This regulatory shift isn’t limited to the United States. Since the implementation of the General Data Protection Regulation (GDPR) in 2018, more countries have either updated old laws or passed new laws. China implemented its Personal Information Protection Law (PIPL) and Data Security Law in 2021, and Italy published the National Cybersecurity Agency by Law No. 109 in August of 2021.
Understanding new reporting requirements that impact your organization’s compliance and legal risk is mission critical. For example, CIRCIA requires impacted critical infrastructure organizations to report “significant incidents” within 72 hours. Having a SOC that can detect, investigate, and respond to incidents as quickly as possible remains a key component of your security, privacy, and compliance postures. You need to monitor these new laws and ensure that your SOC can meet the reporting requirement deadlines.
5 Cybersecurity Tips to Level Up Your Cybersecurity Game
Planning for incidents makes your response more rational and efficient. Although each incident is different and the specifics are unpredictable, knowing how you plan to respond and continuously iterating the processes enables cyber resilience.
1. Training for All Employees
When regulations discuss employee training, they usually specify that training must be related to an employee’s role and responsibilities. For example, business-level employees need awareness training that tells them how to identify phishing attacks. However, your security analysts already know what a phishing email looks like. They need training that helps them detect anomalous behavior in systems and networks so that they can investigate, contain, and eliminate threats faster. By providing meaningful training through tabletop exercises and red teaming, you give them an opportunity to learn based on their job function.
2. Identify and Optimize Your Data with AI
Complex IT environments require different types of security tools. At the very least, you probably have endpoint detection and response (EDR), firewalls, and identity and access management (IAM) tools. As you increase your attack surface, you add more tools. At each attack vector, your security analysts get alerts all day long, leading to alert fatigue.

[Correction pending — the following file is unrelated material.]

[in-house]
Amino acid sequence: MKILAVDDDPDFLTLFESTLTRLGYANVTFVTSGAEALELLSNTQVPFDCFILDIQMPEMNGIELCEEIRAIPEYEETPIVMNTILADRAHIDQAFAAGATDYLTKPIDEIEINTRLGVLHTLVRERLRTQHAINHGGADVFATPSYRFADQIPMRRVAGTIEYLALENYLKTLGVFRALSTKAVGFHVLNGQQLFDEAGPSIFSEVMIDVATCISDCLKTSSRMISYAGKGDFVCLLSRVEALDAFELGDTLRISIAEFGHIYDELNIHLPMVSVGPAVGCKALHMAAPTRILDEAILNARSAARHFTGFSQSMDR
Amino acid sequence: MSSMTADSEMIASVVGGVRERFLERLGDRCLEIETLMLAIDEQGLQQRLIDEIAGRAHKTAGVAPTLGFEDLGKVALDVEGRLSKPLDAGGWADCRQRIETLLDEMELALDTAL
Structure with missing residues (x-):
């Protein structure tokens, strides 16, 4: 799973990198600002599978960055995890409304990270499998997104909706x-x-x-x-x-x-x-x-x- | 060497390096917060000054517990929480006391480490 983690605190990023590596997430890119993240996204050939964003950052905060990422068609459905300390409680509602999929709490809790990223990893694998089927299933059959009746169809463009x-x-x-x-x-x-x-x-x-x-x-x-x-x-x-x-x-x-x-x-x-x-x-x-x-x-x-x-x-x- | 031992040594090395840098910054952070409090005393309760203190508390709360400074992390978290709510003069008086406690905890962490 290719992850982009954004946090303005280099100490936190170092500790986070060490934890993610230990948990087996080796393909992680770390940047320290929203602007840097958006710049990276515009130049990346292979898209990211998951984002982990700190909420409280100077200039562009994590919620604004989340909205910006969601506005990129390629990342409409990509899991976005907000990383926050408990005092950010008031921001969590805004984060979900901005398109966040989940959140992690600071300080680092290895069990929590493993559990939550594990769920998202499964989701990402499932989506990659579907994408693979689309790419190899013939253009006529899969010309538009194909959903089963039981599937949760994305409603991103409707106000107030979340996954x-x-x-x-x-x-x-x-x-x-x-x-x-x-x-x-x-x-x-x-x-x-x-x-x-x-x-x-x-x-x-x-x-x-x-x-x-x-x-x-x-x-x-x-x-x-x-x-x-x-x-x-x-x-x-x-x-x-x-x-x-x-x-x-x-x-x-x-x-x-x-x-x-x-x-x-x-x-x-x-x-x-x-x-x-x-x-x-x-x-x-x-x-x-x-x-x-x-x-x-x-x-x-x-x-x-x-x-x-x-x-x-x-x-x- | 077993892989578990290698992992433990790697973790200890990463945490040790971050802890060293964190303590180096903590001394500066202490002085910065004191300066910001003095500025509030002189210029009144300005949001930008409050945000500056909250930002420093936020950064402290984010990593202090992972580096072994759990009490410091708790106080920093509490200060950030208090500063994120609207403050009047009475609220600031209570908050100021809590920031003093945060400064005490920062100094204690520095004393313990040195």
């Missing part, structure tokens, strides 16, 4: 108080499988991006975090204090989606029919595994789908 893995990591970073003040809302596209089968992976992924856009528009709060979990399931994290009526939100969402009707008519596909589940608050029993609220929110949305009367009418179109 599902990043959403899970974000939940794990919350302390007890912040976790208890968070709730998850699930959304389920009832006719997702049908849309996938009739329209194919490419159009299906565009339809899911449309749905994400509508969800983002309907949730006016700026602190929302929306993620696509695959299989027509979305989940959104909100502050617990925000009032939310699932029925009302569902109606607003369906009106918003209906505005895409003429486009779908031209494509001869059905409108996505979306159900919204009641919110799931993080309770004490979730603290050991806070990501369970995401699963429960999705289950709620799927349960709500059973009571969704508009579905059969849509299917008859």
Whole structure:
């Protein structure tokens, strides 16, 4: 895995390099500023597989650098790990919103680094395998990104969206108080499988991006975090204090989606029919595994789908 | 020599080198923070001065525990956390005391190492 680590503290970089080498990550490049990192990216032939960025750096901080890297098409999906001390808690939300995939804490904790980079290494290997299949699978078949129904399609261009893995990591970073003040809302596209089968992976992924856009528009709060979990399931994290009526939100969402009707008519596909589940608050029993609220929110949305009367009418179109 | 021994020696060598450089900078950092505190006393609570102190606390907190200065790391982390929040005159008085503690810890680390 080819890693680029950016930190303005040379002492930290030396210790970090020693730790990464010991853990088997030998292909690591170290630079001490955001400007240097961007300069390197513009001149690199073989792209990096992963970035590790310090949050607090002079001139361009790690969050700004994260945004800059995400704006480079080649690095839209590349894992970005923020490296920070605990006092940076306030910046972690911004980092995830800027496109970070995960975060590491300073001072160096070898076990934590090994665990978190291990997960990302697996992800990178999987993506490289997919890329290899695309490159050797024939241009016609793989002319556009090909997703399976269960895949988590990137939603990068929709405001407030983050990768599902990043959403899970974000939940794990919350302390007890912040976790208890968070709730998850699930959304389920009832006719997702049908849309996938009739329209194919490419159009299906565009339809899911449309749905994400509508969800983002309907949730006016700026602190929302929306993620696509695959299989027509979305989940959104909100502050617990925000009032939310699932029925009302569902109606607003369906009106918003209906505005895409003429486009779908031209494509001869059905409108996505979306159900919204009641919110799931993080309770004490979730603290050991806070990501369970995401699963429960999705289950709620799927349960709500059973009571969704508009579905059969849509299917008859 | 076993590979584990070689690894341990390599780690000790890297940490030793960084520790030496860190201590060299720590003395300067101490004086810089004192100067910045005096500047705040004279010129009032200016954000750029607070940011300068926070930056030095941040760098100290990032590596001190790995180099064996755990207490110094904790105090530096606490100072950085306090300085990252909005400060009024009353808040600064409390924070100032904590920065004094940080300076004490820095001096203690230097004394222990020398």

To overcome information overload, you must optimize your security data, so that your teams have high-fidelity alerts. Further, you need to do this before an incident occurs because your analysts won’t have time while they’re responding to one. When you use automation and artificial intelligence, you enable your security analysts by identifying the most important security data and streamlining response activities. It becomes a force multiplier. Network detection and response (NDR) with self-learning artificial intelligence (AI) is helpful to better detect intrusions.
3. Maximize the Benefits of SOC and NOC
Digital transformation did more than just shift the perimeter. It changed how threat actors deploy attacks. Today, you need to converge security and networking, enabling them to work together.
The SOC is the center of your defensive security program, a centralized location where your security analysts monitor systems and networks to detect an incident. When you converge security and networking, your SOC has the necessary visibility into the activity that indicates abnormal access or data exfiltration.